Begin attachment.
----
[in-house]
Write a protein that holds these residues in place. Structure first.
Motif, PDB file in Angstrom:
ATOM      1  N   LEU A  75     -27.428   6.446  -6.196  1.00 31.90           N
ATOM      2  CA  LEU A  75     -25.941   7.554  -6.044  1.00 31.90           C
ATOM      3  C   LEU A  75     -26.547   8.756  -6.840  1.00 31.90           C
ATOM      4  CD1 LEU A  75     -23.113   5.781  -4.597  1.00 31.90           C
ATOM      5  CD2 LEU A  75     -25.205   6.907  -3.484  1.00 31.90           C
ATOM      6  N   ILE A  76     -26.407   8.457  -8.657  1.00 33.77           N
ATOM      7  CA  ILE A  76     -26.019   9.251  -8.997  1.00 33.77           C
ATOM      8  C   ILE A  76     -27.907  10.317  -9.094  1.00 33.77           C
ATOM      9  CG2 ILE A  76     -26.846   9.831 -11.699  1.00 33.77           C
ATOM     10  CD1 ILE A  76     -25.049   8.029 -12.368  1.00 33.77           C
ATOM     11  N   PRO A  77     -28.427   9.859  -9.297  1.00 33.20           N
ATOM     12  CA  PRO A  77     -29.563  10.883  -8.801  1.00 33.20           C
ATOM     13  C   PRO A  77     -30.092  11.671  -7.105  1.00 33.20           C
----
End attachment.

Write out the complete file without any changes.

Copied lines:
[in-house]
Write a protein that holds these residues in place. Structure first.
Motif, PDB file in Angstrom:
ATOM      1  N   LEU A  75     -27.428   6.446  -6.196  1.00 31.90           N
ATOM      2  CA  LEU A  75     -25.941   7.554  -6.044  1.00 31.90           C
ATOM      3  C   LEU A  75     -26.547   8.756  -6.840  1.00 31.90           C
ATOM      4  CD1 LEU A  75     -23.113   5.781  -4.597  1.00 31.90           C
ATOM      5  CD2 LEU A  75     -25.205   6.907  -3.484  1.00 31.90           C
ATOM      6  N   ILE A  76     -26.407   8.457  -8.657  1.00 33.77           N
ATOM      7  CA  ILE A  76     -26.019   9.251  -8.997  1.00 33.77           C
ATOM      8  C   ILE A  76     -27.907  10.317  -9.094  1.00 33.77           C
ATOM      9  CG2 ILE A  76     -26.846   9.831 -11.699  1.00 33.77           C
ATOM     10  CD1 ILE A  76     -25.049   8.029 -12.368  1.00 33.77           C
ATOM     11  N   PRO A  77     -28.427   9.859  -9.297  1.00 33.20           N
ATOM     12  CA  PRO A  77     -29.563  10.883  -8.801  1.00 33.20           C
ATOM     13  C   PRO A  77     -30.092  11.671  -7.105  1.00 33.20           C